In the early 1930’s, Bill Wilson was struggling with his impending mortality, and had taken to the common habit of reducing his standards by getting drunk; but there was only so low he could go even when plastered. In the depths of his despair, his friend Ebby Thatcher, who also had a history of excessive drinking, introduced him to both the Oxford Group and James’ Varieties. Both had a profound influence on him. He had his own religious experience when the “Father of Light” appeared to him in a vision. Suddenly he lost his desire to drink.

Wilson was obsessed with Varieties for months, and encouraged everyone to read it. This along with the Oxford Group and Crowley’s Thelema (“Do what thou wilt”) provided the foundations for the 12 Steps and Alcoholics Anonymous.  William James is mentioned twice in the Big Book, and is one of only two people mentioned by name (Carl Jung is the other).

James’s Pragmatist philosophy was thereby resurrected in AA theology, which claims that the experience is real and true simply because it works. This reverse engineering of religious enlightenment is taken by the members to its logical conclusion: “AA worked for me and it’s the only thing that ever worked.  I buried many friends due to this disease.  AA has saved millions of lives. Now I am happy, joyous, and free.™”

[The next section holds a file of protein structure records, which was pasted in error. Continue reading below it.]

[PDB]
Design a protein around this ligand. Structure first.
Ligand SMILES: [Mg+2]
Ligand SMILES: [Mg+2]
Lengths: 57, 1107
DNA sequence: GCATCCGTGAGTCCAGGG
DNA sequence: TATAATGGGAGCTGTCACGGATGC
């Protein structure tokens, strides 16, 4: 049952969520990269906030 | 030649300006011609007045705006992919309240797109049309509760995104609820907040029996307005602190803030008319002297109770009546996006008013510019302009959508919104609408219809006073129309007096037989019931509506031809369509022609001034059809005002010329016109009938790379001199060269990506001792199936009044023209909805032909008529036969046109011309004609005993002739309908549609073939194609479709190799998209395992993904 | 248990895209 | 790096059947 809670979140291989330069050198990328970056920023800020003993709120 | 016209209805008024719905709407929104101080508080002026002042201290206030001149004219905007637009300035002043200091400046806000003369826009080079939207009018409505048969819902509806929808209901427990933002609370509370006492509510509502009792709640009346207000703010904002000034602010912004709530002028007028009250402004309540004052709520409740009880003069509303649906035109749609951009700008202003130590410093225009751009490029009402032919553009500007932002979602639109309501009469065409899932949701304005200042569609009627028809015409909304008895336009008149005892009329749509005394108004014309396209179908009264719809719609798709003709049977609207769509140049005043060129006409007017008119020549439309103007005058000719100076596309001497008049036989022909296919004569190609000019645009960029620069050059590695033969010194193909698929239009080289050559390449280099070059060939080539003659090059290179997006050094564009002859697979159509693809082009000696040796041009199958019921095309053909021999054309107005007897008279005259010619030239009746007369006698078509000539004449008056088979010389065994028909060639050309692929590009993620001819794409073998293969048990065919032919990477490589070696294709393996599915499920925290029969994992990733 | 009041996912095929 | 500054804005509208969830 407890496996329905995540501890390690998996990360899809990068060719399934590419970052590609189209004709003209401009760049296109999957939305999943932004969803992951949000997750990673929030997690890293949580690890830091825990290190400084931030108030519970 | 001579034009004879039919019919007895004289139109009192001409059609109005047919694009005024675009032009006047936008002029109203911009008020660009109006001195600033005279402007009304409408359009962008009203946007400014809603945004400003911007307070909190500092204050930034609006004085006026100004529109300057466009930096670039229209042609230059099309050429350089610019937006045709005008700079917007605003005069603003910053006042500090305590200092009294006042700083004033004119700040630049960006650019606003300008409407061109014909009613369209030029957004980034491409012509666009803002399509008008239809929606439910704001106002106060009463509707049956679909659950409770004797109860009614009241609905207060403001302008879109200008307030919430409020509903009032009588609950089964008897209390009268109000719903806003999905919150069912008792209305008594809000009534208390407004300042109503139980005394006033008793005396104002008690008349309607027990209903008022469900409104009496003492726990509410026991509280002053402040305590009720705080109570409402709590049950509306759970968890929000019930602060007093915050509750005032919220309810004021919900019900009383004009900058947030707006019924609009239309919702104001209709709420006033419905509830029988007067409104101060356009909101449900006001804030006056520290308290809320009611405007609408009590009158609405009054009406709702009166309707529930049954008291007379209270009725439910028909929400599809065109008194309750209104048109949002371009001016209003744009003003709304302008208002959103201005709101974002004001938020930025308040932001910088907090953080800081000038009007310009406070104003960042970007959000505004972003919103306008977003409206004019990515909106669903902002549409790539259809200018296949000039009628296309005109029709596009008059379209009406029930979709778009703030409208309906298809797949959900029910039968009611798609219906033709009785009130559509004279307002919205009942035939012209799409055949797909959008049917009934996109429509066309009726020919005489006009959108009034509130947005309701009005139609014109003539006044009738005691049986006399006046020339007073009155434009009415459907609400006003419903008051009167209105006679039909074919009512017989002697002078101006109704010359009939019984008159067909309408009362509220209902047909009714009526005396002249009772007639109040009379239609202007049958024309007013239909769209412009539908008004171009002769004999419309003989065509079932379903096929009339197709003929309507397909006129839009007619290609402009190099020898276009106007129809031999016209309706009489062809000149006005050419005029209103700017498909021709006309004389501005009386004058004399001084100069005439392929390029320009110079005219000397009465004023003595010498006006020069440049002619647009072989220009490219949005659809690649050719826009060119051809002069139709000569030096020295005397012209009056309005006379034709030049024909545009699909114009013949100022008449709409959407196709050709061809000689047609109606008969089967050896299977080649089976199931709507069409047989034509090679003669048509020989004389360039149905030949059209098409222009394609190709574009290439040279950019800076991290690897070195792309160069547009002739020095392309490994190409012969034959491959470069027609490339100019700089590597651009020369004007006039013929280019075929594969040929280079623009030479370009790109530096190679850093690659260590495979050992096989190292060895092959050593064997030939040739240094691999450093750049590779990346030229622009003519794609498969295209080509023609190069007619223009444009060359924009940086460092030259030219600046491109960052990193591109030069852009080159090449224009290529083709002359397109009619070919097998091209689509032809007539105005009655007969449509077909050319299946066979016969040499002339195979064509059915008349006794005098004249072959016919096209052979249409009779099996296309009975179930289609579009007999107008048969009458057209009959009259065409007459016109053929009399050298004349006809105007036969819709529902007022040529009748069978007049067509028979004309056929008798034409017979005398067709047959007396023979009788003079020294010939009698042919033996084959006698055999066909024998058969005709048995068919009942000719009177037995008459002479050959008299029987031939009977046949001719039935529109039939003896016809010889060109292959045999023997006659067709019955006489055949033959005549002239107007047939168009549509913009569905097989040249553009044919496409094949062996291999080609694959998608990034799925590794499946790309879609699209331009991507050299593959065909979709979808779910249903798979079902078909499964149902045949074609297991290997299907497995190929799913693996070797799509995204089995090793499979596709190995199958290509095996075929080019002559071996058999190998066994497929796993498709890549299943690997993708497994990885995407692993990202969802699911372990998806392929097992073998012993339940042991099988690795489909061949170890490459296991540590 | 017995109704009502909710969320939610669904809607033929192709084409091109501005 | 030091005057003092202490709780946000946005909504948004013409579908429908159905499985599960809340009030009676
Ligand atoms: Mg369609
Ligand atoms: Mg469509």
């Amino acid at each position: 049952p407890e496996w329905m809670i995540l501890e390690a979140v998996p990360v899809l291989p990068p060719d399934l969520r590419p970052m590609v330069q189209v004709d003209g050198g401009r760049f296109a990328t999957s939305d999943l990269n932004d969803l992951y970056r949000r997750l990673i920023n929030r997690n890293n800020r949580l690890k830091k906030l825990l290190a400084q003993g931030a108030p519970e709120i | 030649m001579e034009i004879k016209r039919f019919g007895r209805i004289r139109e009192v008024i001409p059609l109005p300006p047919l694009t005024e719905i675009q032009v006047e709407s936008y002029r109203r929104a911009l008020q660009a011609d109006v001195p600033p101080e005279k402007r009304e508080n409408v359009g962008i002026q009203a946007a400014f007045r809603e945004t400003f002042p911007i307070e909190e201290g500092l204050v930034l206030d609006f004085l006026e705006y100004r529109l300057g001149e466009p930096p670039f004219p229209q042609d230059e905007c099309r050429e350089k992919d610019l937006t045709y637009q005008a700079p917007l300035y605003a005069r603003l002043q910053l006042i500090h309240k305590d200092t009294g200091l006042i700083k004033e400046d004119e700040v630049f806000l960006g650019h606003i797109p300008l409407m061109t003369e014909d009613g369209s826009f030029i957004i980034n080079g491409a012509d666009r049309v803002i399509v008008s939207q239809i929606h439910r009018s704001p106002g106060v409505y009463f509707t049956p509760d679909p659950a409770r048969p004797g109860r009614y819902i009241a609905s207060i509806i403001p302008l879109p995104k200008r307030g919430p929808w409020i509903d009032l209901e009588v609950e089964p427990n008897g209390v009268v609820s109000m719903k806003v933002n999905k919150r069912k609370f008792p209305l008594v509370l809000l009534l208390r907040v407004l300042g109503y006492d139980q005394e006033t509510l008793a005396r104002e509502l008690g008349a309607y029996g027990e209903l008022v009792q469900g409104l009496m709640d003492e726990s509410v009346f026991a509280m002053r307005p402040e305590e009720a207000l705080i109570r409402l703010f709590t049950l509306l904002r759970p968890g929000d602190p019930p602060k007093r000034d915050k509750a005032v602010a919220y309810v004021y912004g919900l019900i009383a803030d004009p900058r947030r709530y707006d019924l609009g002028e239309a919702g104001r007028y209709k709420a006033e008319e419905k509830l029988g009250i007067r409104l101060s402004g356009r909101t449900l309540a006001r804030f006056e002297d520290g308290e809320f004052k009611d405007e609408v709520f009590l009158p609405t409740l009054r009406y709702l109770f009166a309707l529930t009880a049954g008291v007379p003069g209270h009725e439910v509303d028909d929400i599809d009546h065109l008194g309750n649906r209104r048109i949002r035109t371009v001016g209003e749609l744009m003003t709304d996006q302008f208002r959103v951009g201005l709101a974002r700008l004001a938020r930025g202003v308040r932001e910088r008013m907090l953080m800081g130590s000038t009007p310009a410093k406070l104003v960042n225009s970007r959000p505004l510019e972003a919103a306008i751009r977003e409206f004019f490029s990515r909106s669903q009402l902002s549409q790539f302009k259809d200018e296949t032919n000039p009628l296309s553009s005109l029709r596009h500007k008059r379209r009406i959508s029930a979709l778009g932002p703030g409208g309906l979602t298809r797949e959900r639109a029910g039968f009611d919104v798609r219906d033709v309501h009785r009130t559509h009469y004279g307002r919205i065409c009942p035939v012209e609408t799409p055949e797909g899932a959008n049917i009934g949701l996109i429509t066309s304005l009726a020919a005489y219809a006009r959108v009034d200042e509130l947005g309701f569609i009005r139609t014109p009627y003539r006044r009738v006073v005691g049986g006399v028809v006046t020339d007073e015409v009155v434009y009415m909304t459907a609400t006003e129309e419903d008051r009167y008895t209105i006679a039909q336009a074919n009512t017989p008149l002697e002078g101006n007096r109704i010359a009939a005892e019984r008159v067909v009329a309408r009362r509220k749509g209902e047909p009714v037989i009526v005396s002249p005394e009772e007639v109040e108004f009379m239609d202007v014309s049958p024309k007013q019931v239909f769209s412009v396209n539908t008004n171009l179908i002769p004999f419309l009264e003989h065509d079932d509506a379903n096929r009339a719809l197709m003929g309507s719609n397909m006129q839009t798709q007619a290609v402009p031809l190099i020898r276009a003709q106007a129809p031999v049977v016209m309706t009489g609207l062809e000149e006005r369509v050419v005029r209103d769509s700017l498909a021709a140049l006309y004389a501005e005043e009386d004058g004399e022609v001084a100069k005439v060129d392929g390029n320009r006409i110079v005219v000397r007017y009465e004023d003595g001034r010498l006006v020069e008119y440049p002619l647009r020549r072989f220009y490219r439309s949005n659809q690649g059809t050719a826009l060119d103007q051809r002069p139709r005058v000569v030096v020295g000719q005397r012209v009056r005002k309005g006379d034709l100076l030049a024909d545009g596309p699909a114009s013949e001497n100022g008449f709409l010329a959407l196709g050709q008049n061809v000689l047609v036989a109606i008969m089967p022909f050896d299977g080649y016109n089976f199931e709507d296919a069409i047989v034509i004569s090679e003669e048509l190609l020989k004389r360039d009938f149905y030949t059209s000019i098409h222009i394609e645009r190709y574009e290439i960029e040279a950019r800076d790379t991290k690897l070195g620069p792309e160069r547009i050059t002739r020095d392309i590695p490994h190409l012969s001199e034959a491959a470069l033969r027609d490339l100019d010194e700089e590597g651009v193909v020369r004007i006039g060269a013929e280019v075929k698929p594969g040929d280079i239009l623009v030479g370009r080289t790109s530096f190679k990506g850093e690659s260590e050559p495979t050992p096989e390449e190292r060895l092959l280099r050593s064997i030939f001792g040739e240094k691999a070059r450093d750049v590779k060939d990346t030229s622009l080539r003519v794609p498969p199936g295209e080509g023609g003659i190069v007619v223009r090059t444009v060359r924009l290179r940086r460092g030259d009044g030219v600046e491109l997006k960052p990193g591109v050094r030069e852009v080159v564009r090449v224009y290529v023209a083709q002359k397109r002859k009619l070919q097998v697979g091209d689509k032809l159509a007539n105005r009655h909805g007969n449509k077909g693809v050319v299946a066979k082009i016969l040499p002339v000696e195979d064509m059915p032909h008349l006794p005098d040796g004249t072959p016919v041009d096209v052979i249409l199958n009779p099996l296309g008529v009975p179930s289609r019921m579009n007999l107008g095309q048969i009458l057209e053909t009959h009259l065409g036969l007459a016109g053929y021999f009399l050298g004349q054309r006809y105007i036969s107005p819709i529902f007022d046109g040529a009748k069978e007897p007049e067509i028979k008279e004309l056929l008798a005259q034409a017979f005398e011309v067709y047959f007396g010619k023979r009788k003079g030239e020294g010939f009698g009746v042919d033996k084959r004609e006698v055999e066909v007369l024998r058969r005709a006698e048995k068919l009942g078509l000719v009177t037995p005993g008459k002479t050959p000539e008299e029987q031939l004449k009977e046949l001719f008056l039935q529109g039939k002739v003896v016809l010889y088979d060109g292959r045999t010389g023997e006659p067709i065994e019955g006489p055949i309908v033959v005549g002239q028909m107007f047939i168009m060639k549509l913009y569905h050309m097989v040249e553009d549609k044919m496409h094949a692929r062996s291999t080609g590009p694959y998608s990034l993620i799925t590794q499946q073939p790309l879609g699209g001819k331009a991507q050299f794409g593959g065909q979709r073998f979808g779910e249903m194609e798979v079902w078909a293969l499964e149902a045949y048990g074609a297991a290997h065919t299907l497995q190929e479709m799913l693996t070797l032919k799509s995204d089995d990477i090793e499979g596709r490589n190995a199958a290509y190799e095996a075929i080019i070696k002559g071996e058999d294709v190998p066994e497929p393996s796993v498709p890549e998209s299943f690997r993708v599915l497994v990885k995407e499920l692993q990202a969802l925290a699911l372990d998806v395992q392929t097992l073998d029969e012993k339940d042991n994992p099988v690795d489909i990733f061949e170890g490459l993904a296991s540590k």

In the Pragmatist school, people don’t drink because they are unhappy (as one would naively assume). Instead, they are unhappy because they drink.  The mind is warped in the presence of alcohol: “The tragic truth is that if the man be a true alcoholic, the happy day may not arrive….  Most alcoholics, for reasons yet obscure, have lost the power of choice in drink…. We are without defense against the first drink.” (BB p. 23-24)  Drinking has become some kind of illness, a claim hard to dispute because most excessive drinkers are not willing to admit the real reasons.  The First Step requires the new member to confess powerlessness and the abject failure of will.  “No amount of will power he might muster could stop his drinking for long.” (BB p. 155)  “The alcoholic is an extreme example of self-will run riot, though he usually doesn’t think so.”  (BB p. 62)  Relapses are common for this ‘cunning and baffling’ disease.